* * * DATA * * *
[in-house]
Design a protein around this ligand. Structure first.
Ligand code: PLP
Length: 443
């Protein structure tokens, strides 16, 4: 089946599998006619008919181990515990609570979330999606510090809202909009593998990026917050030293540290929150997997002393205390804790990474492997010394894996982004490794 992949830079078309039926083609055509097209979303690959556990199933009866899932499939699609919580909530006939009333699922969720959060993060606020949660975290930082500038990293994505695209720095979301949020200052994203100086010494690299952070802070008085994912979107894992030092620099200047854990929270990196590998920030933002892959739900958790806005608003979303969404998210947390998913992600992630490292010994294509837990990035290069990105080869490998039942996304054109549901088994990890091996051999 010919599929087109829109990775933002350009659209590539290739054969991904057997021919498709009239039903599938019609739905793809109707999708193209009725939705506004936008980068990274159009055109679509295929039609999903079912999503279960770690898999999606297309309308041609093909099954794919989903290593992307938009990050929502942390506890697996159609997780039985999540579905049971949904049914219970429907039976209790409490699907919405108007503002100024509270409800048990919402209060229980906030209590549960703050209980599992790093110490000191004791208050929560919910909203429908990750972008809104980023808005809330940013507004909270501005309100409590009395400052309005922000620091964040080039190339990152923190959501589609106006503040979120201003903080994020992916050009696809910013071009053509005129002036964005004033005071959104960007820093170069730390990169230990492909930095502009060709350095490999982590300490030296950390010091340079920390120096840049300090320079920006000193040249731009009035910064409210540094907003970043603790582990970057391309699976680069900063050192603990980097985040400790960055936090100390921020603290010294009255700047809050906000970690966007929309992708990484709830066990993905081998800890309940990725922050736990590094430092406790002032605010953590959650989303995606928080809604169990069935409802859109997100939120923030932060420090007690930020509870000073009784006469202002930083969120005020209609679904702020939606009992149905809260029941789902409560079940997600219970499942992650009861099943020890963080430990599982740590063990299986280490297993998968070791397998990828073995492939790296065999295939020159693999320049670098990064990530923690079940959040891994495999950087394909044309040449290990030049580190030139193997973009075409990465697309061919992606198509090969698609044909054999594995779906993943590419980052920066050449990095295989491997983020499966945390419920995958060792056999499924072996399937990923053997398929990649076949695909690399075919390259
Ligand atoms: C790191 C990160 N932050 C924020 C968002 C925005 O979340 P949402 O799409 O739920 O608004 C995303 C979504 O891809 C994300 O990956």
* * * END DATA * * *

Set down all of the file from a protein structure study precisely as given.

[in-house]
Design a protein around this ligand. Structure first.
Ligand code: PLP
Length: 443
């Protein structure tokens, strides 16, 4: 089946599998006619008919181990515990609570979330999606510090809202909009593998990026917050030293540290929150997997002393205390804790990474492997010394894996982004490794 992949830079078309039926083609055509097209979303690959556990199933009866899932499939699609919580909530006939009333699922969720959060993060606020949660975290930082500038990293994505695209720095979301949020200052994203100086010494690299952070802070008085994912979107894992030092620099200047854990929270990196590998920030933002892959739900958790806005608003979303969404998210947390998913992600992630490292010994294509837990990035290069990105080869490998039942996304054109549901088994990890091996051999 010919599929087109829109990775933002350009659209590539290739054969991904057997021919498709009239039903599938019609739905793809109707999708193209009725939705506004936008980068990274159009055109679509295929039609999903079912999503279960770690898999999606297309309308041609093909099954794919989903290593992307938009990050929502942390506890697996159609997780039985999540579905049971949904049914219970429907039976209790409490699907919405108007503002100024509270409800048990919402209060229980906030209590549960703050209980599992790093110490000191004791208050929560919910909203429908990750972008809104980023808005809330940013507004909270501005309100409590009395400052309005922000620091964040080039190339990152923190959501589609106006503040979120201003903080994020992916050009696809910013071009053509005129002036964005004033005071959104960007820093170069730390990169230990492909930095502009060709350095490999982590300490030296950390010091340079920390120096840049300090320079920006000193040249731009009035910064409210540094907003970043603790582990970057391309699976680069900063050192603990980097985040400790960055936090100390921020603290010294009255700047809050906000970690966007929309992708990484709830066990993905081998800890309940990725922050736990590094430092406790002032605010953590959650989303995606928080809604169990069935409802859109997100939120923030932060420090007690930020509870000073009784006469202002930083969120005020209609679904702020939606009992149905809260029941789902409560079940997600219970499942992650009861099943020890963080430990599982740590063990299986280490297993998968070791397998990828073995492939790296065999295939020159693999320049670098990064990530923690079940959040891994495999950087394909044309040449290990030049580190030139193997973009075409990465697309061919992606198509090969698609044909054999594995779906993943590419980052920066050449990095295989491997983020499966945390419920995958060792056999499924072996399937990923053997398929990649076949695909690399075919390259
Ligand atoms: C790191 C990160 N932050 C924020 C968002 C925005 O979340 P949402 O799409 O739920 O608004 C995303 C979504 O891809 C994300 O990956």